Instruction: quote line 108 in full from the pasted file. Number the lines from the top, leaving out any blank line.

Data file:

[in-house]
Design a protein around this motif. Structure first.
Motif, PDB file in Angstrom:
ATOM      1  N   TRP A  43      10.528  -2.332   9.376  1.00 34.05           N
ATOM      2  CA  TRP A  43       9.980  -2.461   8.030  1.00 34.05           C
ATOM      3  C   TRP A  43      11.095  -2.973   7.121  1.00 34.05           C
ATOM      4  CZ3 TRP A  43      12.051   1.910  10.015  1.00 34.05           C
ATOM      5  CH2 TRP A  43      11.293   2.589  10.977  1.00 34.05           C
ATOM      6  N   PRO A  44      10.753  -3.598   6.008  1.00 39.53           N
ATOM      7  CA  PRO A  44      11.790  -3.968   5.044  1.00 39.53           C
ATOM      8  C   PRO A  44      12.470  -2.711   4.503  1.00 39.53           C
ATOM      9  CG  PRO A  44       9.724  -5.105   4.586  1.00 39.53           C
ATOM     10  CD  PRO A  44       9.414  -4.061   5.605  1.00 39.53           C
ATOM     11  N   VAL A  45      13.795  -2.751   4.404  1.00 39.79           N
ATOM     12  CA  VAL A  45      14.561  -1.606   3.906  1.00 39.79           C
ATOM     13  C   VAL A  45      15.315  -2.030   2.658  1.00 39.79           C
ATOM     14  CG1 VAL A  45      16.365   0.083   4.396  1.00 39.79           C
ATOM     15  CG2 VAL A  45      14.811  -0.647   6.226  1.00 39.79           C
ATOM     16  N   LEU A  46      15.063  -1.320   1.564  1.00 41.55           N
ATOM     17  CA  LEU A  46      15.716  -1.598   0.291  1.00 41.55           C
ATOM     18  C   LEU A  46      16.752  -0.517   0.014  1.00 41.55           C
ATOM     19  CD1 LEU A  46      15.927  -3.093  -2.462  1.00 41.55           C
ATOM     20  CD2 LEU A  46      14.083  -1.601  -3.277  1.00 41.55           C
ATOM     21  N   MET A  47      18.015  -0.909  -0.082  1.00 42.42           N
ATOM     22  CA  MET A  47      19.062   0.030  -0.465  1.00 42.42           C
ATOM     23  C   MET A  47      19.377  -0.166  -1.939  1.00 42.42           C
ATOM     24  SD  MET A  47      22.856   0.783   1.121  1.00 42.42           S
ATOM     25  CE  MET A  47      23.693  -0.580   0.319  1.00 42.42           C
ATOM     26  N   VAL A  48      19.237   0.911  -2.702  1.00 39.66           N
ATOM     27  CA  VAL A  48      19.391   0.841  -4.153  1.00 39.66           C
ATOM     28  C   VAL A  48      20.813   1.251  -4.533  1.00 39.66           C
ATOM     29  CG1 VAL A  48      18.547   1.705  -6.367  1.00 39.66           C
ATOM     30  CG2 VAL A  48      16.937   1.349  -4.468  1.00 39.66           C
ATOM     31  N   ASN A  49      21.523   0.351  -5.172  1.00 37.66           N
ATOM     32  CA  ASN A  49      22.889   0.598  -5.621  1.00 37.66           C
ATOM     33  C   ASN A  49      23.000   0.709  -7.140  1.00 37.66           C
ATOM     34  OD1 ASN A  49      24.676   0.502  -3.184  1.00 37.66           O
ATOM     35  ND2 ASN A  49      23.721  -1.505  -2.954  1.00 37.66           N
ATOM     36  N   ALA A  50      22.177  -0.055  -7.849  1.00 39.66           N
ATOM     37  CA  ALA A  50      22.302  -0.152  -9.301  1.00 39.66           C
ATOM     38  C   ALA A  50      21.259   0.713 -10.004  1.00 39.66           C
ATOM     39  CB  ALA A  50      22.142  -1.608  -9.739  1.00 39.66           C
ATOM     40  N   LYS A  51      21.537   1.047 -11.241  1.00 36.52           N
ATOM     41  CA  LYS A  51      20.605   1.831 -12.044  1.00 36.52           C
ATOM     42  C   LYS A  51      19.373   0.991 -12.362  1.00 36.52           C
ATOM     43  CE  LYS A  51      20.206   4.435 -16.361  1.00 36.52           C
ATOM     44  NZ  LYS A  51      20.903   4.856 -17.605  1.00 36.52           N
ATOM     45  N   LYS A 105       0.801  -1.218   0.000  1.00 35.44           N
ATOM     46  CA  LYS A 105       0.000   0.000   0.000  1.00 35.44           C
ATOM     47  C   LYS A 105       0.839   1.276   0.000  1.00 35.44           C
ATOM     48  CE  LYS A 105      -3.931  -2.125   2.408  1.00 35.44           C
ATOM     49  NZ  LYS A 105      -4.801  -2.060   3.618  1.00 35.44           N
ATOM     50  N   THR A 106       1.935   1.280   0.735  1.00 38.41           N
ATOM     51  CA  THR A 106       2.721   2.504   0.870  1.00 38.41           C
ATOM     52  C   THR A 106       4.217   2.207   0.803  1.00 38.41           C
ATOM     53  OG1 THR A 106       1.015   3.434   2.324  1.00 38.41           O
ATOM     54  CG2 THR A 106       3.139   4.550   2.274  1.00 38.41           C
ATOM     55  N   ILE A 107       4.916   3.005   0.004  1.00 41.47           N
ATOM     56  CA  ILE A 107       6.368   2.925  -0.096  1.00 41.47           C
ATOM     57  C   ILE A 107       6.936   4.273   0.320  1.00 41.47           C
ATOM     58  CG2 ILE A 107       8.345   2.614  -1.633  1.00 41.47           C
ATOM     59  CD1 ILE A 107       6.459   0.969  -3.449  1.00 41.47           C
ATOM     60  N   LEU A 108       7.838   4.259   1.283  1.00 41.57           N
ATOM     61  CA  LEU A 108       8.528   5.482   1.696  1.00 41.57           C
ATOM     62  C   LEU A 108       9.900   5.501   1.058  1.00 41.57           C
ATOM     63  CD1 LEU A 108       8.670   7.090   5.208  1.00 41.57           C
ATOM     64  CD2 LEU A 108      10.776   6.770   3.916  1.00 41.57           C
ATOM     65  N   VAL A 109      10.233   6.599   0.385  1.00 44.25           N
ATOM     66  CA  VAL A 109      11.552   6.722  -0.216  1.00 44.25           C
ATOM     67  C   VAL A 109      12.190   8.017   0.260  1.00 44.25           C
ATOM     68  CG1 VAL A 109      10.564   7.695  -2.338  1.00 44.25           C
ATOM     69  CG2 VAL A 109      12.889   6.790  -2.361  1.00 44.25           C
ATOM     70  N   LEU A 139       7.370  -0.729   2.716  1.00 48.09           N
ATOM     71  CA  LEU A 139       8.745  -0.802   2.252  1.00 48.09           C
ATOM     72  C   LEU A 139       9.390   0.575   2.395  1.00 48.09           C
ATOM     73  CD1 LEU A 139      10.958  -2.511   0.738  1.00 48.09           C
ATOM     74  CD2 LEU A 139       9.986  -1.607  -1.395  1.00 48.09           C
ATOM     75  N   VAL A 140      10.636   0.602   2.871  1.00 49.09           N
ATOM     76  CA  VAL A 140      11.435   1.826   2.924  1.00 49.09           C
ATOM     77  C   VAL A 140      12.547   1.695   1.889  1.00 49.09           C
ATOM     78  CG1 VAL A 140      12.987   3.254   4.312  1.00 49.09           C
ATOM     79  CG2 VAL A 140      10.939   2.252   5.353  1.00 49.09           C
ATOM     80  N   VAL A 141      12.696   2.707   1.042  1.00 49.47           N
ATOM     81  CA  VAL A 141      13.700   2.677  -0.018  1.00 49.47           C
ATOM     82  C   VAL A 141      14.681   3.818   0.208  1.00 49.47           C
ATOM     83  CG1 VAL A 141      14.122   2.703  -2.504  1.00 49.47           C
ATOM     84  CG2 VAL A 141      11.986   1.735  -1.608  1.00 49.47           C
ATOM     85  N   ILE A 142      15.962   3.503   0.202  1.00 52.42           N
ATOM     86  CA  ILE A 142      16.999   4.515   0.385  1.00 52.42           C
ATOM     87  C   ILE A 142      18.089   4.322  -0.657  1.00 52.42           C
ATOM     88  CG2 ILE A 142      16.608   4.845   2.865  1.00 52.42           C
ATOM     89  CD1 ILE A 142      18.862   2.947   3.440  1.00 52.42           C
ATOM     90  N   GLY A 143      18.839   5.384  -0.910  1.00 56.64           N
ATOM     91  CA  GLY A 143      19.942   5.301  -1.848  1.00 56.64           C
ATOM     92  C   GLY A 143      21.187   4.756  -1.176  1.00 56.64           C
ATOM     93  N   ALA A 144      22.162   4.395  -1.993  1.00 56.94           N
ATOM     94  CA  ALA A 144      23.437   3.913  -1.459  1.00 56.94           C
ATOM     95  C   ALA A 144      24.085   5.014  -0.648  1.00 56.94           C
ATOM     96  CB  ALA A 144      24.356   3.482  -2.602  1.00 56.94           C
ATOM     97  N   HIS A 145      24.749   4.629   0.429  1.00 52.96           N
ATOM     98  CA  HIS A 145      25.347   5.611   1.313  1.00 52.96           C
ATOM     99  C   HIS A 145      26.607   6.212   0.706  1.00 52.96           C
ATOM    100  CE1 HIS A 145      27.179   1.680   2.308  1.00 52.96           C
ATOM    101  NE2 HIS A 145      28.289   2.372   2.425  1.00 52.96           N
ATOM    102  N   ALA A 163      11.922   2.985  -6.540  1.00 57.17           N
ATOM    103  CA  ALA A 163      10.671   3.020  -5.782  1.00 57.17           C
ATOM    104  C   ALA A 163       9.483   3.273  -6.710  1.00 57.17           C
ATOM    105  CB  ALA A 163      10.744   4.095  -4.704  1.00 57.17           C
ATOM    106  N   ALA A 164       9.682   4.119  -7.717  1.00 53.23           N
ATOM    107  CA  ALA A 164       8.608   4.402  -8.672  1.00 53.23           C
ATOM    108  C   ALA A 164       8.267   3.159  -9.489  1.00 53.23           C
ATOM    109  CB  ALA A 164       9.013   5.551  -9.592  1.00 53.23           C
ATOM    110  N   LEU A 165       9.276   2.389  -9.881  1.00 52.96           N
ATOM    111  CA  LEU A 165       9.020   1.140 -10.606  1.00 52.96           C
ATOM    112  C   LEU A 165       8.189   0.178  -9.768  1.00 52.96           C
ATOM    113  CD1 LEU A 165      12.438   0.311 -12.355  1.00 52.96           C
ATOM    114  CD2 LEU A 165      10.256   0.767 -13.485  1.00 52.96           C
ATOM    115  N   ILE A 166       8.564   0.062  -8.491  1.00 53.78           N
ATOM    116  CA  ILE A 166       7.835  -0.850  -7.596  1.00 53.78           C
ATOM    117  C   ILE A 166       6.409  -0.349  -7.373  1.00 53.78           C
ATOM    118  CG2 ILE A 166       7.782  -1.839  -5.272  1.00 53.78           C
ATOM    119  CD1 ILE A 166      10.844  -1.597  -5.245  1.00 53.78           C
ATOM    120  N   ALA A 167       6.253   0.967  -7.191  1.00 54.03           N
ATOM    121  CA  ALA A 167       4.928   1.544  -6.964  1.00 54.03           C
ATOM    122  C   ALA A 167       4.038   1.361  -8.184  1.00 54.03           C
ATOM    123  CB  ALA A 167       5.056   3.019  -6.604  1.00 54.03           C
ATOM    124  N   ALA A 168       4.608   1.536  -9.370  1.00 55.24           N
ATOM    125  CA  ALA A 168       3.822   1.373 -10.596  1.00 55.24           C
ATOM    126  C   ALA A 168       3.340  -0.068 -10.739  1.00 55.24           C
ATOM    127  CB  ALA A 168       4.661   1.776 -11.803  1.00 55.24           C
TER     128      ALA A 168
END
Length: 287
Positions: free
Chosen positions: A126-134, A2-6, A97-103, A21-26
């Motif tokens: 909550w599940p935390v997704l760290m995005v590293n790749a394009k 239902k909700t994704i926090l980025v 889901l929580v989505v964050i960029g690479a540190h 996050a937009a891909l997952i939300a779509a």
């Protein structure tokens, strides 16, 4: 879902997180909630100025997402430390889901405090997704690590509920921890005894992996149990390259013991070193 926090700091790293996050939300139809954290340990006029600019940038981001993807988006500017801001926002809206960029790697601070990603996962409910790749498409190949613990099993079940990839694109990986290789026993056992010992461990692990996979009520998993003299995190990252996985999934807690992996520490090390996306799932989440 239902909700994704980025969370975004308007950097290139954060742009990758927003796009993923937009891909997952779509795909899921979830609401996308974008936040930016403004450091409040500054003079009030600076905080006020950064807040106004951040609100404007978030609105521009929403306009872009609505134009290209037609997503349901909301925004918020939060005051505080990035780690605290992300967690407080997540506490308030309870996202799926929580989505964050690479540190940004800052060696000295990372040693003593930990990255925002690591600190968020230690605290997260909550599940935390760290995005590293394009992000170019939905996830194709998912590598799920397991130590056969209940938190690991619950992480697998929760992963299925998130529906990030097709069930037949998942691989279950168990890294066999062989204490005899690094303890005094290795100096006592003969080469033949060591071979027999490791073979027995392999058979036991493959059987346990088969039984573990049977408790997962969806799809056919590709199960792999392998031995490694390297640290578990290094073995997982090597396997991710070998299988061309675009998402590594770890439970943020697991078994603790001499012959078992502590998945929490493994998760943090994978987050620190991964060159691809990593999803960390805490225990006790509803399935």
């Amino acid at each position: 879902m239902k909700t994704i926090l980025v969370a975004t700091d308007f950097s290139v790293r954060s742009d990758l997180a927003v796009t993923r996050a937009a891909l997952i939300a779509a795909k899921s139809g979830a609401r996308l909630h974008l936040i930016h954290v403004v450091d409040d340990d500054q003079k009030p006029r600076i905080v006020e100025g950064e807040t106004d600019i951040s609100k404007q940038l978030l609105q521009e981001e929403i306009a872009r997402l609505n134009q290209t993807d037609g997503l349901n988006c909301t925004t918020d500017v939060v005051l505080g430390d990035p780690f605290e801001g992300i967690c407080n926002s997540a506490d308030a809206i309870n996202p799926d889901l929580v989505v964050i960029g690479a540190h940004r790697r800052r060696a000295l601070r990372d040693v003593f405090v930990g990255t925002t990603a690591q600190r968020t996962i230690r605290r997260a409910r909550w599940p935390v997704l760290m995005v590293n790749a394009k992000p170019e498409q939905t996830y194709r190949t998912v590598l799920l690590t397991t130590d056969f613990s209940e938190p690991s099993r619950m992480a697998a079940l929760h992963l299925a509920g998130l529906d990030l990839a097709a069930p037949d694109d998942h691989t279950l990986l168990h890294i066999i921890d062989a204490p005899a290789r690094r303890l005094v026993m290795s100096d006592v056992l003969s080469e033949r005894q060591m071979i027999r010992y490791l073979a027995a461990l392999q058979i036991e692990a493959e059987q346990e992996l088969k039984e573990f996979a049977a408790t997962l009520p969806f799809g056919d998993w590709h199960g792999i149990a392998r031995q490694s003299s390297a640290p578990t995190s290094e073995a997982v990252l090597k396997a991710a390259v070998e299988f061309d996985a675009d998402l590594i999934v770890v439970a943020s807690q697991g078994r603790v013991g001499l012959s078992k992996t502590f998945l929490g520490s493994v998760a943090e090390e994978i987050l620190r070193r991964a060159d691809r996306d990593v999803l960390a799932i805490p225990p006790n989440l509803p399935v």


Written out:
ATOM    105  CB  ALA A 163      10.744   4.095  -4.704  1.00 57.17           C